Attitude and assessment

It seems likely that Jack Sparrow’s admonishment about attitude is an echo of Aurelius’s reminder to himself two thousand years earlier. This idea that the attitude and assessment is most important has really helped me relax. Things will never be done, and I create all of my problems. I’ve come to understand that concrete goals and clear progress are detrimental to my health. They’re necessary, yes, but detrimental. The more goals I set, the more clear progress I can measure, the worse off I become; Mentally and physically those things grind me down.

Since they’re necessary—without them, it seems I’d simply devolve to being a blob on a sofa—I must have something in my life which counters the damage so that I can continue setting some sane number of goals and measuring some concrete progress. One of those things is practicing my attitude and assessment. I set aside time for this each morning. It’s not meant to take long. 15 minutes is really long enough. I read through a prompt from a set that I’ve created for myself. I read through a selection from some key books. I write in my journal, usually copying a single new quote from my collection as the beginning of the journal entry. I write some thoughts. I write some observations from the previous day.

Unfortunately, just about every morning, my urge—affliction? addiction?—to measure and create goals creeps into my morning reflection. Why am I taking all this time? (I’m up to something like 4,000 hand-written pages of journals!) Am I getting benefit from all this reflection? What’s the optimum “dosage” of reflection which yields the most benefit? How do I even measure the benefit? Is that page—that one I just wrote, an instant before these questions pop into my mind—worth writing? If I read that page in a year, will it in any way help me? Is the entry for today long enough? Should it have more “here’s what I did yesterday,” type stuff, or less? Maybe I should be also making a small note on my mood, or how I feel physically? Maybe I should… Oh, crap.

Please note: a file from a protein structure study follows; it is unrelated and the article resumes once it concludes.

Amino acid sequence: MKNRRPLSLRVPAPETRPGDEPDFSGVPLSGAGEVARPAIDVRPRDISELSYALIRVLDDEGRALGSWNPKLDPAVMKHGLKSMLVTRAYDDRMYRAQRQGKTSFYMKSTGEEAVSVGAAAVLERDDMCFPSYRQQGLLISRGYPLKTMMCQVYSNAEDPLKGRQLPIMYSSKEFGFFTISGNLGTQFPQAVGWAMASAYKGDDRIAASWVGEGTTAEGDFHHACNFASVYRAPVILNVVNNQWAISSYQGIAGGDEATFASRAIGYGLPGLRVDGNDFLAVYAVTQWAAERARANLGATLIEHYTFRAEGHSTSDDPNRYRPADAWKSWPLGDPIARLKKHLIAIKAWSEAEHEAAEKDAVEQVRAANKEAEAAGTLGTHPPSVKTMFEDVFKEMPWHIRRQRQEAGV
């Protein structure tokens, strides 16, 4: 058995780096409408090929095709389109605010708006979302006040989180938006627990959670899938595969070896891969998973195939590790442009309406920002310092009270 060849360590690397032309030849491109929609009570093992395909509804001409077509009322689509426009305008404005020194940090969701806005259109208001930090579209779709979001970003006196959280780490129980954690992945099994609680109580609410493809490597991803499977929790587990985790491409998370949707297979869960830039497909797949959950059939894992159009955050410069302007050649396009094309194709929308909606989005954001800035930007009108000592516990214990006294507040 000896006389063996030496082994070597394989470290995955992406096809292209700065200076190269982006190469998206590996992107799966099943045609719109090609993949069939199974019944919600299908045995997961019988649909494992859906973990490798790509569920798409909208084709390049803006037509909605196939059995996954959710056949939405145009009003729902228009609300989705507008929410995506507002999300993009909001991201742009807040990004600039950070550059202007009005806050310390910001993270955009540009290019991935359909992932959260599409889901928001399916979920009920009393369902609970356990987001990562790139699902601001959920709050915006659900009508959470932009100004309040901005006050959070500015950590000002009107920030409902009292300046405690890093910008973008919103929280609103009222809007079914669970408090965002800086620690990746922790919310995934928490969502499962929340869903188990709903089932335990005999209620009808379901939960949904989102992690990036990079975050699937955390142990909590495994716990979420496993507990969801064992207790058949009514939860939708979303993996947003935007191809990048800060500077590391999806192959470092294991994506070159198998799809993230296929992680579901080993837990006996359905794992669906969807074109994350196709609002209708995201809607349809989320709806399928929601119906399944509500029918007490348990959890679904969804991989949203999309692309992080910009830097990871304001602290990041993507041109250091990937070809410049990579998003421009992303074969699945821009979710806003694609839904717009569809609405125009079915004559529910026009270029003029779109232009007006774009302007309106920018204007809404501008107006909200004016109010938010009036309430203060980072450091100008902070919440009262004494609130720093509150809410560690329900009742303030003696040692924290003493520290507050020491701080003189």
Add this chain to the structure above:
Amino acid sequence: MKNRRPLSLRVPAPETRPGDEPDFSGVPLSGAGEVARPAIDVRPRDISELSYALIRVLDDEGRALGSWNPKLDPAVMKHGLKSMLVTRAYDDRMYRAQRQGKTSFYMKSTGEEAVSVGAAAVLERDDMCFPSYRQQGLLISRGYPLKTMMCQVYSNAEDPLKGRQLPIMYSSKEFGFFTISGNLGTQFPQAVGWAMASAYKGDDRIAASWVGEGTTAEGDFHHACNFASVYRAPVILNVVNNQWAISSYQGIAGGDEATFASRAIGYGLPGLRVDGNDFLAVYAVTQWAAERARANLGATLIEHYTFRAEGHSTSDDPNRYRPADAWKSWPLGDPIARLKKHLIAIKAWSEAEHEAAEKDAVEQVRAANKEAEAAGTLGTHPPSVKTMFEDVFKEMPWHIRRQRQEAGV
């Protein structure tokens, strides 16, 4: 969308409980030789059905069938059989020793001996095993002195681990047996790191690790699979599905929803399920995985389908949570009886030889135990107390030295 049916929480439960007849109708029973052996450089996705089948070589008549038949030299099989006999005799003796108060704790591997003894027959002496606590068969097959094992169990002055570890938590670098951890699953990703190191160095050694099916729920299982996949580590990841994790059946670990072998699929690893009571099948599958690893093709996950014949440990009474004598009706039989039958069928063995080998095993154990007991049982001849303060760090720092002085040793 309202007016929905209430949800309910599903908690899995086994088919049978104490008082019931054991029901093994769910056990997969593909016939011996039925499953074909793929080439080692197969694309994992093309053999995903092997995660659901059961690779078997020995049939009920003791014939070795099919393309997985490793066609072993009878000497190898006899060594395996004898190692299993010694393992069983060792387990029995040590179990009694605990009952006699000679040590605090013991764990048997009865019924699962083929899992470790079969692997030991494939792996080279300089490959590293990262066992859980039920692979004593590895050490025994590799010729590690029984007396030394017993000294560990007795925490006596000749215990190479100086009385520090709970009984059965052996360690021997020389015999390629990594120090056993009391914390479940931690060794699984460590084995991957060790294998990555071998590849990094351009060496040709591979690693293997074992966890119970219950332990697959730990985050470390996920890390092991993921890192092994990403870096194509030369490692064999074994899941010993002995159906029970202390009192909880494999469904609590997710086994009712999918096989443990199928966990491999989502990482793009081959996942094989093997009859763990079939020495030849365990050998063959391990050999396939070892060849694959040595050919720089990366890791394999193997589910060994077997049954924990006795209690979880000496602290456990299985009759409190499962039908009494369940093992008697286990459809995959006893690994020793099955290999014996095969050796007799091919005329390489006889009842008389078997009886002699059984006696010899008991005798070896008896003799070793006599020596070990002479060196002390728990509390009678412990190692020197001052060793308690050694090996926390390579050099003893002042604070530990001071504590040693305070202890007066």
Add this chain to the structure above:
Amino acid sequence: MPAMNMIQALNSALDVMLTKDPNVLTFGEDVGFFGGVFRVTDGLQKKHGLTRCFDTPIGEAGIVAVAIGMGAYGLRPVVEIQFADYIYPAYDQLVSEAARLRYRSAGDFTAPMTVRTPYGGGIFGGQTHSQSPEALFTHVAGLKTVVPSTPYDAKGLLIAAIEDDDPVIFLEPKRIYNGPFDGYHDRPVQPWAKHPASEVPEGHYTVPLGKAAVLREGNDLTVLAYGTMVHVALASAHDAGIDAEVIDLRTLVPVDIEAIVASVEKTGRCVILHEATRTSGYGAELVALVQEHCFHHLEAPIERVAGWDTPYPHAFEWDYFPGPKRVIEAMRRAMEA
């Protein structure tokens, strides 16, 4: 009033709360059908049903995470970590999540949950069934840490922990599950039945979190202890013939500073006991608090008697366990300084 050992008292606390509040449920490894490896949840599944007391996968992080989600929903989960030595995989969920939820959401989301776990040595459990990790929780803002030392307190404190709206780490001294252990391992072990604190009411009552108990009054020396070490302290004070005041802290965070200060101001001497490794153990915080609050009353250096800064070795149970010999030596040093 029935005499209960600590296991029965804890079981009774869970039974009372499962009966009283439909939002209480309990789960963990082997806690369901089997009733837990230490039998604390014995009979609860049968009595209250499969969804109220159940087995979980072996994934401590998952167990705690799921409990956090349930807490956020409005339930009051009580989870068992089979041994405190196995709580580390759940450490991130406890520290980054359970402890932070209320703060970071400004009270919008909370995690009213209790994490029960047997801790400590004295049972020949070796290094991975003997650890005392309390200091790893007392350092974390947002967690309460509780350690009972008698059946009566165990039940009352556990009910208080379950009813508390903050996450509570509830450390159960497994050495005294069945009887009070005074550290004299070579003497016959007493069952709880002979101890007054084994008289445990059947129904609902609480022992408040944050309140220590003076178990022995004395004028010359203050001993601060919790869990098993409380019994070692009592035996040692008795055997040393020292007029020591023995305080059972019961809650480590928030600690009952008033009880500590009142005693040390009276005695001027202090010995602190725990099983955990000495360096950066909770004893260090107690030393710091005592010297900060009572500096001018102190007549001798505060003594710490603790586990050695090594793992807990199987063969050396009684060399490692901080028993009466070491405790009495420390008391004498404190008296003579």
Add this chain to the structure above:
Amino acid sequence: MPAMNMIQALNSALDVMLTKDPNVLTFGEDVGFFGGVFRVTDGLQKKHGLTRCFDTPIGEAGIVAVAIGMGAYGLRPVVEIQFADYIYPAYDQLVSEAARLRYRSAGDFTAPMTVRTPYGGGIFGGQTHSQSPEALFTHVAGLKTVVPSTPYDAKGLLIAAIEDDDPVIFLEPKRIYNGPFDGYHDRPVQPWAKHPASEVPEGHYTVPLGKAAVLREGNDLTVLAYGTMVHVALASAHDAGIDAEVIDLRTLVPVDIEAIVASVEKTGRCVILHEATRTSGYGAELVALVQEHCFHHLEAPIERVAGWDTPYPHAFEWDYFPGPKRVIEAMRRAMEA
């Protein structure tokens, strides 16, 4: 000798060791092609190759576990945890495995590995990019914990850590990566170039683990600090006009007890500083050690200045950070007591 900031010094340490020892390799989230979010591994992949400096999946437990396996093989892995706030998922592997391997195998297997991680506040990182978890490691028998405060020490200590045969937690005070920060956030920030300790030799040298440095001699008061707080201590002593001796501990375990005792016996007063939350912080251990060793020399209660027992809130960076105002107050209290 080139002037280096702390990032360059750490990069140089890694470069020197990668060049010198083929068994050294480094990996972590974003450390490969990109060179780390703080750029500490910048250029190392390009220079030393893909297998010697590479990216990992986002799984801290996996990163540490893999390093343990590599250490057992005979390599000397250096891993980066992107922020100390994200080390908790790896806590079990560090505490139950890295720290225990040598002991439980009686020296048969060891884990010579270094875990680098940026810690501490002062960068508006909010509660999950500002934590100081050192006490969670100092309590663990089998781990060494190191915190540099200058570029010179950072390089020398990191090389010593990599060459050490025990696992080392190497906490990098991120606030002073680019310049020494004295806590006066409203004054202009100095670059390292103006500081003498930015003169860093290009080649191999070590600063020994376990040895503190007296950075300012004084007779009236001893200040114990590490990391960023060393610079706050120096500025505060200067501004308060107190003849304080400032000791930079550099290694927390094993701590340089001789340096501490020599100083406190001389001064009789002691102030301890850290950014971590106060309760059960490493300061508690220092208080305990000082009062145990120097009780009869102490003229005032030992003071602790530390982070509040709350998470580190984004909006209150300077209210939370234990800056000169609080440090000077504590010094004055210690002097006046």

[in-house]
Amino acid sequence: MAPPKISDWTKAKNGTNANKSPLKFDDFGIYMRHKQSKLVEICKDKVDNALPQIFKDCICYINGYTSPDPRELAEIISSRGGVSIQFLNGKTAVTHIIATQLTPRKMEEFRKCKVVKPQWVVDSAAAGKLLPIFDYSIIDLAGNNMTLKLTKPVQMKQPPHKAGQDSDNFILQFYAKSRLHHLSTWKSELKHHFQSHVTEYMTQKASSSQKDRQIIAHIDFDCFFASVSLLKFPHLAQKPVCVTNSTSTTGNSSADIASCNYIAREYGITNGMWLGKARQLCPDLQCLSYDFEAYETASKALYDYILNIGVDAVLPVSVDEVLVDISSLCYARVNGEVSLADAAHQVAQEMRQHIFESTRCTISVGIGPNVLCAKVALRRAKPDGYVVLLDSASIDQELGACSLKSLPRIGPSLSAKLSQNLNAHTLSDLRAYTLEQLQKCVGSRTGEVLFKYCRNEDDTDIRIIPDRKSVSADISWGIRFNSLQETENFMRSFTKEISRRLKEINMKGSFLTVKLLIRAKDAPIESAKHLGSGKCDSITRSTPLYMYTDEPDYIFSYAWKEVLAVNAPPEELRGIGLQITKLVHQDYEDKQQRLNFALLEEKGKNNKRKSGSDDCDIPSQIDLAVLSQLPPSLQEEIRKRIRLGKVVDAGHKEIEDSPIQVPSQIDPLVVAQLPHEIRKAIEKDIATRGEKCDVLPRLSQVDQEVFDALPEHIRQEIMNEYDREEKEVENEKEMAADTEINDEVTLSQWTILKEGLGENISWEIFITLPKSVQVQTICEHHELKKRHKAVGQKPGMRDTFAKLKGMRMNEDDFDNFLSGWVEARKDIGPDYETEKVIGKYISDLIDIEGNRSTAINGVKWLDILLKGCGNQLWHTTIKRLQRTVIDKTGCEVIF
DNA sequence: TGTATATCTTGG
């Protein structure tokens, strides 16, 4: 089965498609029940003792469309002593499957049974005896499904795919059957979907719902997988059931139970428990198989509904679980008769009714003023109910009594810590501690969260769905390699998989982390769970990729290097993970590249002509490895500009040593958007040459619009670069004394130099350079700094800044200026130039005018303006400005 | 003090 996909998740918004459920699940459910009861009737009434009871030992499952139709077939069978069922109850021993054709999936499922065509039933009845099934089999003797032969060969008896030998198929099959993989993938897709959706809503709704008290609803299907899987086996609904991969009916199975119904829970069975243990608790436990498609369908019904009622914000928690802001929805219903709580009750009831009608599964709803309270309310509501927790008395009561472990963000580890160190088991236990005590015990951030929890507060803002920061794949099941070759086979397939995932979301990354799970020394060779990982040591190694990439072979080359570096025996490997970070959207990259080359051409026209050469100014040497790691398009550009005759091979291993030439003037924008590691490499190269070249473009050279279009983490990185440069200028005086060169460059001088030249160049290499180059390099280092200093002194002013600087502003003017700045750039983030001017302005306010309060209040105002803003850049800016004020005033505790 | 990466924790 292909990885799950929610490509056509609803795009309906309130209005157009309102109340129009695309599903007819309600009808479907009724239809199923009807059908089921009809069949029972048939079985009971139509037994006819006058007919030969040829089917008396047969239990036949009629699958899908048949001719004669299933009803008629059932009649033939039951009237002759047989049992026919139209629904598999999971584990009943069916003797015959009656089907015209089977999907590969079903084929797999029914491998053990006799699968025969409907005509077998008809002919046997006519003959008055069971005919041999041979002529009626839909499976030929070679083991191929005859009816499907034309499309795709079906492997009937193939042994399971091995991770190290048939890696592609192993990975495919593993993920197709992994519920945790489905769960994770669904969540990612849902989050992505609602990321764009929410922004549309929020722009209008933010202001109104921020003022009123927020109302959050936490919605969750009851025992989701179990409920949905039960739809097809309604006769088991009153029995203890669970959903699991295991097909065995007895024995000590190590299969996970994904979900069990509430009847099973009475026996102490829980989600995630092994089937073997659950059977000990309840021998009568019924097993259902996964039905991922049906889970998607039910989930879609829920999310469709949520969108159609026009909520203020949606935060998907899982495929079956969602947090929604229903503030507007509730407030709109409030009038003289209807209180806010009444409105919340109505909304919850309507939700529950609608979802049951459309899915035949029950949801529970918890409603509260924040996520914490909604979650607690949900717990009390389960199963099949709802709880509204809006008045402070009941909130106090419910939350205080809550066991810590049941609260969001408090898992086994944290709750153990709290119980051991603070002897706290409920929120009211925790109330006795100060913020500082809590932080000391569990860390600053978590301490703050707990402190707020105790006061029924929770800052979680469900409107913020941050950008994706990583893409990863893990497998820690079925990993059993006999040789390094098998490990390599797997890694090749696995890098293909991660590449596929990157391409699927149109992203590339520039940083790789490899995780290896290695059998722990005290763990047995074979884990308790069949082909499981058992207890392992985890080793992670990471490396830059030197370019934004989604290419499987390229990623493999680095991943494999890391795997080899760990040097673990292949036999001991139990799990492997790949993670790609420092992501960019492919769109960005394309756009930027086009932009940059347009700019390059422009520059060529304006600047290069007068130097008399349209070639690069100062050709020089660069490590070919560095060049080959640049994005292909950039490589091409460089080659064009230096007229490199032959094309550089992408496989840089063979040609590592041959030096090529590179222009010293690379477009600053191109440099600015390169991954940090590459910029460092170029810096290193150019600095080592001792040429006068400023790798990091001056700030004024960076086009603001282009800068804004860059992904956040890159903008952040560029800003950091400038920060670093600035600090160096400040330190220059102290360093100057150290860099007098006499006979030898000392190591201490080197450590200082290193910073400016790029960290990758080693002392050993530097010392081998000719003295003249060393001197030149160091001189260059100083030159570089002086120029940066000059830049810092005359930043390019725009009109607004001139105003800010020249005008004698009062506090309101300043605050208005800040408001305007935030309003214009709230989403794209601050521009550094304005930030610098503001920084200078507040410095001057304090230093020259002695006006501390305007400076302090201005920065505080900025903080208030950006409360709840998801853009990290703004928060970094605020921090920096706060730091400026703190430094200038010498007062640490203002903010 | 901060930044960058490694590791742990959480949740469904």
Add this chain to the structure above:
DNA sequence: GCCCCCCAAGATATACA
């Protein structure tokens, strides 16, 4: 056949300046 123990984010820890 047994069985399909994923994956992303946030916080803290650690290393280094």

Close the journal, and go on with today!

ɕ

Our federal government has failed

The problem is not the problem.
The problem is your attitude about the problem.
Do you understand?

~ Captain Jack Sparrow

I think we need to reframe the problem so more people understand.

Civics 101: Are we on the same page?

I’m not going to discuss political parties. I’m not trying to sneak in the idea of “republican” to later make a case for a particular political party.

A federation is a government composed of several independent states. Each of the 50 current members of The United States of America are sovereign states which, through the process of their joining the union, have agreed to pass certain of their powers to the federal government. We, the individual people, are not members of the federation; The states are members of the federation. (May I recommend Wikipedia’s article on Federation?)

The distinguishing principle of a “republic” is that the activities of the government are public. To be a republic, the government cannot be arranged below a monarch, dictator (benevolent or otherwise), or some other (for example, a secret inner circle of corporations) inscrutable font of authority. (May I recommend Wikipedia’s article on Republic?)

The distinguishing principle of “democracy” is self-determination of the governed. To be a democracy, we need features that derive the government’s power from the governed people and that foster equality of each participant’s contribution. (Again, may I recommend Wikipedia’s article on Democracy?)

A pure democracy is one where the governed people may be fully involved in all decisions. A pure democracy of 300+ million people is absurd. But from the absurdity of pure democracy springs the idea of “representative” democracy. In this form of democracy, representatives are empowered to participate in the democratic process on behalf of the governed people.